Synthesis, Characterization, Biological and Anticancer Activities Studies of Ternary Cephardine Pd (II) Complexes

Document Type : Original Article


1 Faculty of African Postgraduate Studies, Cairo University, Cairo, Egypt

2 Faculty of African Postgraduate Studies, Cairo University

3 Faculty of African Postgraduate Studies, Cairo University, Giza, Egypt

4 Mostafa Abdelhameed Mohamed Attia/ Faculty of African Postgraduate Studies, Cairo University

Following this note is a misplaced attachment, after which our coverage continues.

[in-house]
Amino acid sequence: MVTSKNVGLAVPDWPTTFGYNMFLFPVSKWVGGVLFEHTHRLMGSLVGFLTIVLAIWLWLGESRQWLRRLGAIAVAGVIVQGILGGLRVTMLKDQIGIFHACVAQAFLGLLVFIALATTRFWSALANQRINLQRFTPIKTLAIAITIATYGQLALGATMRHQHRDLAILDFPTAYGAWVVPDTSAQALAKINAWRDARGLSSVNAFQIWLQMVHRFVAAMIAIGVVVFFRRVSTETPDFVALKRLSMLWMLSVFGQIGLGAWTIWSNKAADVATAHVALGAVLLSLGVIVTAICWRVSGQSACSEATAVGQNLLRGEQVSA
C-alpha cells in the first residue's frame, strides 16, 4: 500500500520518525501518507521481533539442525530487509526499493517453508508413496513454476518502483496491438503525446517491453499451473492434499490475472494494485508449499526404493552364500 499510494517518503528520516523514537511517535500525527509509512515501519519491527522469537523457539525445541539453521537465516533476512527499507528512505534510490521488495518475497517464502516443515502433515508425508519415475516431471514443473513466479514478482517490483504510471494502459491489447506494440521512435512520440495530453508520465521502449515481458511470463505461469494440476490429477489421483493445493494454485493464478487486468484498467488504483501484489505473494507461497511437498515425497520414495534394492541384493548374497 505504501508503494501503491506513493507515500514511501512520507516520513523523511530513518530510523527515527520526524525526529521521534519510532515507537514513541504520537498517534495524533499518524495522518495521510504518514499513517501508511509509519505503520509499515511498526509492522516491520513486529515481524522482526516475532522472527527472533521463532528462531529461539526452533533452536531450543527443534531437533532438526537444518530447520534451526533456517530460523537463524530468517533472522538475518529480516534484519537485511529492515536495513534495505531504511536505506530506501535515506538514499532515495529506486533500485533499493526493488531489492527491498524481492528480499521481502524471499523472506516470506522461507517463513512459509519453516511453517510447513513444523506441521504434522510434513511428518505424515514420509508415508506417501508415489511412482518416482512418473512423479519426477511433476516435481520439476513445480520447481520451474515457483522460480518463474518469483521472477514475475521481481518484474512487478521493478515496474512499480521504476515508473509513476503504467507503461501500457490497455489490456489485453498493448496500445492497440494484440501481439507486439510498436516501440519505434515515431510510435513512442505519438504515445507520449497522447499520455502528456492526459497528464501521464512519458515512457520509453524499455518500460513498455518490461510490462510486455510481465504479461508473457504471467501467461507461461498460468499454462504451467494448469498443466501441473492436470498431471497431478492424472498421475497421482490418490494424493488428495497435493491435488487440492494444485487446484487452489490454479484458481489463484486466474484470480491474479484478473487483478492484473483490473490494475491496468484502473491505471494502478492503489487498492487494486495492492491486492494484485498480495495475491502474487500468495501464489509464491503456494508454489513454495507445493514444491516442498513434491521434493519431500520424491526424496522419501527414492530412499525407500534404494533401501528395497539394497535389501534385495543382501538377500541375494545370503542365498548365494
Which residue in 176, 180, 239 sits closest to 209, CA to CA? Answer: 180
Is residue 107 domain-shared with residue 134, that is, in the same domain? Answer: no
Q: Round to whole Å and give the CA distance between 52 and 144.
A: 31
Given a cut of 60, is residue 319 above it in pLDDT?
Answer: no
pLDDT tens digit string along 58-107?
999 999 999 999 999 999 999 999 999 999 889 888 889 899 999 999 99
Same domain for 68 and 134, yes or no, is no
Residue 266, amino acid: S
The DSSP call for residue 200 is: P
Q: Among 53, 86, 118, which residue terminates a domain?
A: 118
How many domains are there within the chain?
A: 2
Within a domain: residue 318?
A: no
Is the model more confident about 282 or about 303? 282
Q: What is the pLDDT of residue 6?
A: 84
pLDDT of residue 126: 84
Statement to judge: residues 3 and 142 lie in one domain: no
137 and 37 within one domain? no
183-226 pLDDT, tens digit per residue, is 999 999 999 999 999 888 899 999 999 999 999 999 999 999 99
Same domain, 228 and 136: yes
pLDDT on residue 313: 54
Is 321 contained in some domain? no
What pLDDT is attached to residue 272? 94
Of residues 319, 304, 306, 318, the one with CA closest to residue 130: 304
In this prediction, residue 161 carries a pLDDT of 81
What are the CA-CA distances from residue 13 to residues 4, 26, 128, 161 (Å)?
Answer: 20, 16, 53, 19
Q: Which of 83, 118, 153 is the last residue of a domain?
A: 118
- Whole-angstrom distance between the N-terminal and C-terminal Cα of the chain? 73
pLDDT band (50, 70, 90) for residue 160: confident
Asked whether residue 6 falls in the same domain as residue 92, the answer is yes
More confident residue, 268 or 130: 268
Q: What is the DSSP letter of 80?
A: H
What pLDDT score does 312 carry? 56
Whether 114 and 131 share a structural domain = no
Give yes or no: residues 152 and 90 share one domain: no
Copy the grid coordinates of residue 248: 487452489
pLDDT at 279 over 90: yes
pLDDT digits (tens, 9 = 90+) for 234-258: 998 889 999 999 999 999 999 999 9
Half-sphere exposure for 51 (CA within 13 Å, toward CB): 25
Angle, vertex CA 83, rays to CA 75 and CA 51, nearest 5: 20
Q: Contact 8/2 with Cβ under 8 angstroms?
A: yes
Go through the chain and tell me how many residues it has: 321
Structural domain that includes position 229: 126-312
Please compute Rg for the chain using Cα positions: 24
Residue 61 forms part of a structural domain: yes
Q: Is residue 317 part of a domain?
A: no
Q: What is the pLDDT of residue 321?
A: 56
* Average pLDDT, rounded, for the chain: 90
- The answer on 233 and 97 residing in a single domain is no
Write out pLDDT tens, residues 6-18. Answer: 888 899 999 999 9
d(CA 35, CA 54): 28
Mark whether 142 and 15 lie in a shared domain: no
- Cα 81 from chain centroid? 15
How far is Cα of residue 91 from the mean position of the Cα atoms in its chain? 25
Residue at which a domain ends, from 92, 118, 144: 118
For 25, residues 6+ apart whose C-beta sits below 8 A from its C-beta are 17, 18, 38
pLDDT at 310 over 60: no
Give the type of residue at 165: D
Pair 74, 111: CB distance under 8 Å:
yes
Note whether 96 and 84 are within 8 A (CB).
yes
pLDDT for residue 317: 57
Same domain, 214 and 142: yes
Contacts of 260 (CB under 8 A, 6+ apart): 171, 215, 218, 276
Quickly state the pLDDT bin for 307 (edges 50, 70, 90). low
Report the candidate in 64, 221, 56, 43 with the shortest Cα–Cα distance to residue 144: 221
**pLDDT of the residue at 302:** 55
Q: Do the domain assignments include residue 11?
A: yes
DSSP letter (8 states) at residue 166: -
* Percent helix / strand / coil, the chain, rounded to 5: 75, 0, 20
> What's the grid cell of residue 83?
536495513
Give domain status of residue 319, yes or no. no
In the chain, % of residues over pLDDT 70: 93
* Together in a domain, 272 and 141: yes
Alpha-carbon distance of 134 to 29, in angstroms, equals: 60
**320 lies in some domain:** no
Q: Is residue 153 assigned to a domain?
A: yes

Since the 20th century, climate change has been one of the most pressing and widespread issues that human societies on Earth have faced. South Africa’s susceptibility to climate variability and change is considerably pronounced as a result of the nation's significant reliance on rain-fed agriculture and natural resources, elevated poverty rates, especially in rural regions, and a limited capacity for adaptation. To that end, trend analysis has been employed to inspect the change of maximum and minimum temperature in South Africa using 18 meteorological stations were used to gather monthly maximum and minimum temperature data. The long-term trends and changes in annual and seasonal maximum and minimum temperature series for all stations were examined. According to Mann-Kendall tests, there is a prevailing positive temperature trend over much of South Africa, with the rate of change ranging between 0.2-0.3 and 0.1-0.2 °C/decade for maximum and minimum temperatures, respectively. South Africa has already seen considerable temperature increases since the 1960s, with more marked increases across arid, inland areas of the country. The rate of temperature change has varied, with the highest rates of increase in the mid 1970s to early 1980s and again in the late 1990s to mid 2000s. Results of the study have led to the following main conclusions: (1) statistically significant increasing (warming) trends were found in mean maximum and minimum temperatures. (2) Statistically significant and the strongest warming trend showed up mainly in maximum and minimum temperatures at all stations in all seasons; (3) Increasing trends in maximum temperatures were not as strong as in mean minimum temperatures at all stations; (4) Warmer than long-term average temperature conditions in the series was evident especially after the year 2020; (5) Also, the maximum temperature increase (0.3°C/decade) is greater than minimum temperature (0.2 °C/decade). A more definite trend of warming occurs in winter and autumn than summer and spring of maximum temperature. Moreover, the results show that the warm climate regions in South Africa are warming at a higher rate than cold climate regions.


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